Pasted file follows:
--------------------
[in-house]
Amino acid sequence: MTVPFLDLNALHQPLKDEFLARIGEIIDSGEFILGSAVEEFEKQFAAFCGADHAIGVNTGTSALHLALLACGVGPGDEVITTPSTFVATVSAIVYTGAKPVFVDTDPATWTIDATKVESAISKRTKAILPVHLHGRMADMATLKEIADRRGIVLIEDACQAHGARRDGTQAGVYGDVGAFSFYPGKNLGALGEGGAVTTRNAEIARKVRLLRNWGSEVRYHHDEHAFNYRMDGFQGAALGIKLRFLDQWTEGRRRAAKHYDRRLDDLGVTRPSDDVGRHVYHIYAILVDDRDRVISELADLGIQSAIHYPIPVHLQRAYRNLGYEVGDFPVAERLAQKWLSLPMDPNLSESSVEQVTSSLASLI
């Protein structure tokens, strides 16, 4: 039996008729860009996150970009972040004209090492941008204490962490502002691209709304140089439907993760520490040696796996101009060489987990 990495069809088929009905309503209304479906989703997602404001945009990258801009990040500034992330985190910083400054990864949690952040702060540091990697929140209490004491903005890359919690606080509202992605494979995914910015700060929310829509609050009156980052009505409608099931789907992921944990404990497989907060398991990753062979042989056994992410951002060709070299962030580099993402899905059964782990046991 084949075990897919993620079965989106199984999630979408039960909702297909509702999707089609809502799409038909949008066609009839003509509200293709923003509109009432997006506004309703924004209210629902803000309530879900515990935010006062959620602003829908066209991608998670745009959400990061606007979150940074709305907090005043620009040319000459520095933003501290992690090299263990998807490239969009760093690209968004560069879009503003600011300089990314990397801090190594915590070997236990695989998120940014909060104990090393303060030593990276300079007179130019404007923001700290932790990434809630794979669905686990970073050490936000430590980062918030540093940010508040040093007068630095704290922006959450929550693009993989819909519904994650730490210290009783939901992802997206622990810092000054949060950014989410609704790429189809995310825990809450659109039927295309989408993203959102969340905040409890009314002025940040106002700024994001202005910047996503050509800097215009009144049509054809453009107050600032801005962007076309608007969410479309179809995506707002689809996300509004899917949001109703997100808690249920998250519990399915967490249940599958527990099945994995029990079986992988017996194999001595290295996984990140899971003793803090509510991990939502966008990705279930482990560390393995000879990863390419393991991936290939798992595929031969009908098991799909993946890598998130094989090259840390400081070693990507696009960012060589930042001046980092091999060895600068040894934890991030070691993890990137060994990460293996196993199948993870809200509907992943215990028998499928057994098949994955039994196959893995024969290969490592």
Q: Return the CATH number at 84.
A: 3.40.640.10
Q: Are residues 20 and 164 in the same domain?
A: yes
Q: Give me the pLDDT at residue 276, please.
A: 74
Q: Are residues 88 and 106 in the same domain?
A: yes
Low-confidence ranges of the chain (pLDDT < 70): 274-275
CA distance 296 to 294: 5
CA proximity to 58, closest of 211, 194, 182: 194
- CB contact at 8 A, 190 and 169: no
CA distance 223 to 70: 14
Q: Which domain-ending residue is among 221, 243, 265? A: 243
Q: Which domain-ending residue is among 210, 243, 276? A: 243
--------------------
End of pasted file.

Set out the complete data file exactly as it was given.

[in-house]
Amino acid sequence: MTVPFLDLNALHQPLKDEFLARIGEIIDSGEFILGSAVEEFEKQFAAFCGADHAIGVNTGTSALHLALLACGVGPGDEVITTPSTFVATVSAIVYTGAKPVFVDTDPATWTIDATKVESAISKRTKAILPVHLHGRMADMATLKEIADRRGIVLIEDACQAHGARRDGTQAGVYGDVGAFSFYPGKNLGALGEGGAVTTRNAEIARKVRLLRNWGSEVRYHHDEHAFNYRMDGFQGAALGIKLRFLDQWTEGRRRAAKHYDRRLDDLGVTRPSDDVGRHVYHIYAILVDDRDRVISELADLGIQSAIHYPIPVHLQRAYRNLGYEVGDFPVAERLAQKWLSLPMDPNLSESSVEQVTSSLASLI
């Protein structure tokens, strides 16, 4: 039996008729860009996150970009972040004209090492941008204490962490502002691209709304140089439907993760520490040696796996101009060489987990 990495069809088929009905309503209304479906989703997602404001945009990258801009990040500034992330985190910083400054990864949690952040702060540091990697929140209490004491903005890359919690606080509202992605494979995914910015700060929310829509609050009156980052009505409608099931789907992921944990404990497989907060398991990753062979042989056994992410951002060709070299962030580099993402899905059964782990046991 084949075990897919993620079965989106199984999630979408039960909702297909509702999707089609809502799409038909949008066609009839003509509200293709923003509109009432997006506004309703924004209210629902803000309530879900515990935010006062959620602003829908066209991608998670745009959400990061606007979150940074709305907090005043620009040319000459520095933003501290992690090299263990998807490239969009760093690209968004560069879009503003600011300089990314990397801090190594915590070997236990695989998120940014909060104990090393303060030593990276300079007179130019404007923001700290932790990434809630794979669905686990970073050490936000430590980062918030540093940010508040040093007068630095704290922006959450929550693009993989819909519904994650730490210290009783939901992802997206622990810092000054949060950014989410609704790429189809995310825990809450659109039927295309989408993203959102969340905040409890009314002025940040106002700024994001202005910047996503050509800097215009009144049509054809453009107050600032801005962007076309608007969410479309179809995506707002689809996300509004899917949001109703997100808690249920998250519990399915967490249940599958527990099945994995029990079986992988017996194999001595290295996984990140899971003793803090509510991990939502966008990705279930482990560390393995000879990863390419393991991936290939798992595929031969009908098991799909993946890598998130094989090259840390400081070693990507696009960012060589930042001046980092091999060895600068040894934890991030070691993890990137060994990460293996196993199948993870809200509907992943215990028998499928057994098949994955039994196959893995024969290969490592």
Q: Return the CATH number at 84.
A: 3.40.640.10
Q: Are residues 20 and 164 in the same domain?
A: yes
Q: Give me the pLDDT at residue 276, please.
A: 74
Q: Are residues 88 and 106 in the same domain?
A: yes
Low-confidence ranges of the chain (pLDDT < 70): 274-275
CA distance 296 to 294: 5
CA proximity to 58, closest of 211, 194, 182: 194
- CB contact at 8 A, 190 and 169: no
CA distance 223 to 70: 14
Q: Which domain-ending residue is among 221, 243, 265? A: 243
Q: Which domain-ending residue is among 210, 243, 276? A: 243